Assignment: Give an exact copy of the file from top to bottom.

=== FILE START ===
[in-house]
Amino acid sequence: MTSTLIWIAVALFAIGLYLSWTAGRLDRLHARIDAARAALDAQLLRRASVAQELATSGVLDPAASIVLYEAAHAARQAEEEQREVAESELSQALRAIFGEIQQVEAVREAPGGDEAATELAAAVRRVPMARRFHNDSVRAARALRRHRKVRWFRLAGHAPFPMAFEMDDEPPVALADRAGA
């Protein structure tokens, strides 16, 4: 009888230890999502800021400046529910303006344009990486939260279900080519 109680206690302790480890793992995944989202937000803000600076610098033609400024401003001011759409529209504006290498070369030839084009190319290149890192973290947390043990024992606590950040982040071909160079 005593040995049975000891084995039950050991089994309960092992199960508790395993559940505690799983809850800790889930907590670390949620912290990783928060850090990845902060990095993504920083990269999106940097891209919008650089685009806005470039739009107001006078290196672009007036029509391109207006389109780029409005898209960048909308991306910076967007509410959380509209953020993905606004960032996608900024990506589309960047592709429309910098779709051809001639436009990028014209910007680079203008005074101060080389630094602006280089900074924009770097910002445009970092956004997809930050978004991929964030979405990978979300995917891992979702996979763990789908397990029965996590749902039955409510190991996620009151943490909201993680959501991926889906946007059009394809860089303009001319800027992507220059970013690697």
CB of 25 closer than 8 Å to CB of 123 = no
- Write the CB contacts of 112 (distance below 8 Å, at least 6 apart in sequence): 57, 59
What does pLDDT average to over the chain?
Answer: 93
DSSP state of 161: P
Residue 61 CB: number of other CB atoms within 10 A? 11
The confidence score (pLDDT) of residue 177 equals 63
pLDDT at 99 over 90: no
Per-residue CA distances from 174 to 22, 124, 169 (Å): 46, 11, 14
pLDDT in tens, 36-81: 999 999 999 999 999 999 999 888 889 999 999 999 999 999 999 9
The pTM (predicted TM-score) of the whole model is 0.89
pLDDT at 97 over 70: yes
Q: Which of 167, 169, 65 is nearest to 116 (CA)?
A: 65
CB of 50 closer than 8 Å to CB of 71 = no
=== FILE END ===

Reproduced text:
[in-house]
Amino acid sequence: MTSTLIWIAVALFAIGLYLSWTAGRLDRLHARIDAARAALDAQLLRRASVAQELATSGVLDPAASIVLYEAAHAARQAEEEQREVAESELSQALRAIFGEIQQVEAVREAPGGDEAATELAAAVRRVPMARRFHNDSVRAARALRRHRKVRWFRLAGHAPFPMAFEMDDEPPVALADRAGA
């Protein structure tokens, strides 16, 4: 009888230890999502800021400046529910303006344009990486939260279900080519 109680206690302790480890793992995944989202937000803000600076610098033609400024401003001011759409529209504006290498070369030839084009190319290149890192973290947390043990024992606590950040982040071909160079 005593040995049975000891084995039950050991089994309960092992199960508790395993559940505690799983809850800790889930907590670390949620912290990783928060850090990845902060990095993504920083990269999106940097891209919008650089685009806005470039739009107001006078290196672009007036029509391109207006389109780029409005898209960048909308991306910076967007509410959380509209953020993905606004960032996608900024990506589309960047592709429309910098779709051809001639436009990028014209910007680079203008005074101060080389630094602006280089900074924009770097910002445009970092956004997809930050978004991929964030979405990978979300995917891992979702996979763990789908397990029965996590749902039955409510190991996620009151943490909201993680959501991926889906946007059009394809860089303009001319800027992507220059970013690697």
CB of 25 closer than 8 Å to CB of 123 = no
- Write the CB contacts of 112 (distance below 8 Å, at least 6 apart in sequence): 57, 59
What does pLDDT average to over the chain?
Answer: 93
DSSP state of 161: P
Residue 61 CB: number of other CB atoms within 10 A? 11
The confidence score (pLDDT) of residue 177 equals 63
pLDDT at 99 over 90: no
Per-residue CA distances from 174 to 22, 124, 169 (Å): 46, 11, 14
pLDDT in tens, 36-81: 999 999 999 999 999 999 999 888 889 999 999 999 999 999 999 9
The pTM (predicted TM-score) of the whole model is 0.89
pLDDT at 97 over 70: yes
Q: Which of 167, 169, 65 is nearest to 116 (CA)?
A: 65
CB of 50 closer than 8 Å to CB of 71 = no